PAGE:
Why might citizens not want to become involved in community policing efforts? be specific

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I think that one reason a citizen might not want to be involved with community policing efforts is that there is all of the risk with none of the authority.  Citizens don't carry weapons and can't make arrests.  They can look out for one another and report back to the police,...

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I think that one reason a citizen might not want to be involved with community policing efforts is that there is all of the risk with none of the authority.  Citizens don't carry weapons and can't make arrests.  They can look out for one another and report back to the police, but they have no actual power.  I imagine it would seem a bit like sifting through the ocean with a thimble, and after awhile it could get quite discouraging.

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I'd take #3's argument even further and suggest fear of personal harm or injury.  Let's be honest.  There were times in American history when the outlaws and criminals (the "bad guys") were more powerful than the "good guys" (aw enforcement).  The wild west days, the mob- and gang-controlled era in cities like New York and Chicago, and even--to some degree--the modern street gangs found generally on the coasts.  Today, that's not as true, and law enforcement is generally able to handle the issues of crime.  When it's not, communities feel the need to police themselves.  If it has come to that, there is undoubtedly some danger and risk involved.  While they may want to help, I'm confident many citizens are unwilling to participate out of fear.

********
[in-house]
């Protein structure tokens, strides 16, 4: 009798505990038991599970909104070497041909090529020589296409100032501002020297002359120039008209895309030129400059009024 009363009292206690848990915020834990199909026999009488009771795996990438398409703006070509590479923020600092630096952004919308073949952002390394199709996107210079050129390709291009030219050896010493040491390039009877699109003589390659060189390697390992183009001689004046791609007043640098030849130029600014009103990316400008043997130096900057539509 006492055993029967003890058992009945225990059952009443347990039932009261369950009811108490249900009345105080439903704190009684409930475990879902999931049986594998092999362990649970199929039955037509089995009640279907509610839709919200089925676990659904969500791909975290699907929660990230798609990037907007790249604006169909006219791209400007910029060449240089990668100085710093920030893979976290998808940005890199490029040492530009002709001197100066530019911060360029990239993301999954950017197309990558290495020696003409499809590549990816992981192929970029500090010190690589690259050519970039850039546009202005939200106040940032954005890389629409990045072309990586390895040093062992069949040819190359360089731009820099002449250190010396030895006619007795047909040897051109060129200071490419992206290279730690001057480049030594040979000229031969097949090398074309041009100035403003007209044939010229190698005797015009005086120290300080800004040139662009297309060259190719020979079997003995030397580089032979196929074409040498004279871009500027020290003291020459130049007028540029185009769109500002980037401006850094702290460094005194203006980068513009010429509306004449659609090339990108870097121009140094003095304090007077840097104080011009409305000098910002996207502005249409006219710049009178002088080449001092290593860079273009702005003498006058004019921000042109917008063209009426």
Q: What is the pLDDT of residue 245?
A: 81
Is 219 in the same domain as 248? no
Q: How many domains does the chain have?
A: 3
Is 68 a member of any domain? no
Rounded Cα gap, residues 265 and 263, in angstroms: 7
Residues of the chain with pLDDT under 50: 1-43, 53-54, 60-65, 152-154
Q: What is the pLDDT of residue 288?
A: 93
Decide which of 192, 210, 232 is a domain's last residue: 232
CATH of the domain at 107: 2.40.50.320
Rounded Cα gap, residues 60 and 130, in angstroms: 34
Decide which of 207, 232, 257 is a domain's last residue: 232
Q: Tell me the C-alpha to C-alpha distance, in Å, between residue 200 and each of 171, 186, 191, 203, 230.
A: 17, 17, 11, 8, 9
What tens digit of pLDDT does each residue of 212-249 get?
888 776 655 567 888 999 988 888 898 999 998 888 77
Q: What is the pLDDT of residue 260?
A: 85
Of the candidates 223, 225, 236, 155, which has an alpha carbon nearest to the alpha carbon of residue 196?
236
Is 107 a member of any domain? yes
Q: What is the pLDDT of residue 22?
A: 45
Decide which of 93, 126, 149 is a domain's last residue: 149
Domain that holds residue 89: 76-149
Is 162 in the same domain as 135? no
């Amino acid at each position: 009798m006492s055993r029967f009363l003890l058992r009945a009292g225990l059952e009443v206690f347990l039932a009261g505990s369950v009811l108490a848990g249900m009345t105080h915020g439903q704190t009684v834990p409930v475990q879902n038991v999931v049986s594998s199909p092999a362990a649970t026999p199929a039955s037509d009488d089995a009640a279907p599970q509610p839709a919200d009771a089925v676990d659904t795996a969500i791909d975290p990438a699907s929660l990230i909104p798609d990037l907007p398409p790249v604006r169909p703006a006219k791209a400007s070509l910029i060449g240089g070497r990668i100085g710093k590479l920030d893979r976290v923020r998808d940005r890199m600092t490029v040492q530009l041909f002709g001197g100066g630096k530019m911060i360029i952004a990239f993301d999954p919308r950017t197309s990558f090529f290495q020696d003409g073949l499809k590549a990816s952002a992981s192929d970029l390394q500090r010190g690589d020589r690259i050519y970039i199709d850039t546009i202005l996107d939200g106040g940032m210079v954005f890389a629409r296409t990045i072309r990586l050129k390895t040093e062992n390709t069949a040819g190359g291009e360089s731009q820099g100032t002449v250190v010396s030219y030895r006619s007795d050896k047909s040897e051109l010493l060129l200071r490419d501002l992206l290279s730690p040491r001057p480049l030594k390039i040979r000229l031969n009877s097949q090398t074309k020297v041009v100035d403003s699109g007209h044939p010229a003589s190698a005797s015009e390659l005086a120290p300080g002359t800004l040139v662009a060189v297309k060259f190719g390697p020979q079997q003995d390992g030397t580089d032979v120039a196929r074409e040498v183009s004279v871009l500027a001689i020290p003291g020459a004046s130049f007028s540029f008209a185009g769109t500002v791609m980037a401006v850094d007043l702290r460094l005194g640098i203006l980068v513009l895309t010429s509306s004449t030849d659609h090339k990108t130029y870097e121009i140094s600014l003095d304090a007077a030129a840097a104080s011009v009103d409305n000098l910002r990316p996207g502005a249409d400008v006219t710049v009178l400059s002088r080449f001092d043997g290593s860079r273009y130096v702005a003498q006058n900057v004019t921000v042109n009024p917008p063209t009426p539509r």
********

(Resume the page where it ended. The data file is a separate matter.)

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In my opinion, a major reason for this would be peer pressure exerted by the other members of the community.

In many communities, the police are not very popular.  Sadly, this is especially true for many of the communities (often poor and non-white) in which community policing might be most needed.  In these communities, there is a great deal of crime and the police often have trouble telling the criminals from law-abiding people.

Even so, the law-abiding people are often reluctant to help police.  This is partly for fear of retribution from criminals.  But it is also partly because the police are often seen as a sort of occupying army that tends to abuse the members of the community.

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